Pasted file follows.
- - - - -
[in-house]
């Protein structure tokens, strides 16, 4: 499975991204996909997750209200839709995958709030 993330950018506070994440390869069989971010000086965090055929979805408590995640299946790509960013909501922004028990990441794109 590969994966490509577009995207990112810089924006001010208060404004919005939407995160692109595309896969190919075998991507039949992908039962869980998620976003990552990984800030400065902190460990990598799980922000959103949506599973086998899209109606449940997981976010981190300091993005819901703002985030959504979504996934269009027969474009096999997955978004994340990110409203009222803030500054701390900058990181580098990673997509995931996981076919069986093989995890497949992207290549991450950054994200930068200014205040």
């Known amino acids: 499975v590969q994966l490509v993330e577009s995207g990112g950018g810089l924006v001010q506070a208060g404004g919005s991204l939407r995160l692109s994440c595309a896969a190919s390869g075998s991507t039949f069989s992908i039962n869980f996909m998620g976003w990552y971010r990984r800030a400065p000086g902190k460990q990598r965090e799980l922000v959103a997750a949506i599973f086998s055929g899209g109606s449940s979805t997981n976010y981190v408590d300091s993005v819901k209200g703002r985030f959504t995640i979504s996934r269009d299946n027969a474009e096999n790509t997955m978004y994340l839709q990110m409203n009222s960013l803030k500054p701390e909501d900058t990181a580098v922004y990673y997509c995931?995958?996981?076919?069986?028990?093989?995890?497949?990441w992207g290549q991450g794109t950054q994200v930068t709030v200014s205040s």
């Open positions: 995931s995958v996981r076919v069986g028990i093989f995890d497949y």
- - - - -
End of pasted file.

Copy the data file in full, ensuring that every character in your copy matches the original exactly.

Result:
[in-house]
């Protein structure tokens, strides 16, 4: 499975991204996909997750209200839709995958709030 993330950018506070994440390869069989971010000086965090055929979805408590995640299946790509960013909501922004028990990441794109 590969994966490509577009995207990112810089924006001010208060404004919005939407995160692109595309896969190919075998991507039949992908039962869980998620976003990552990984800030400065902190460990990598799980922000959103949506599973086998899209109606449940997981976010981190300091993005819901703002985030959504979504996934269009027969474009096999997955978004994340990110409203009222803030500054701390900058990181580098990673997509995931996981076919069986093989995890497949992207290549991450950054994200930068200014205040």
């Known amino acids: 499975v590969q994966l490509v993330e577009s995207g990112g950018g810089l924006v001010q506070a208060g404004g919005s991204l939407r995160l692109s994440c595309a896969a190919s390869g075998s991507t039949f069989s992908i039962n869980f996909m998620g976003w990552y971010r990984r800030a400065p000086g902190k460990q990598r965090e799980l922000v959103a997750a949506i599973f086998s055929g899209g109606s449940s979805t997981n976010y981190v408590d300091s993005v819901k209200g703002r985030f959504t995640i979504s996934r269009d299946n027969a474009e096999n790509t997955m978004y994340l839709q990110m409203n009222s960013l803030k500054p701390e909501d900058t990181a580098v922004y990673y997509c995931?995958?996981?076919?069986?028990?093989?995890?497949?990441w992207g290549q991450g794109t950054q994200v930068t709030v200014s205040s």
């Open positions: 995931s995958v996981r076919v069986g028990i093989f995890d497949y």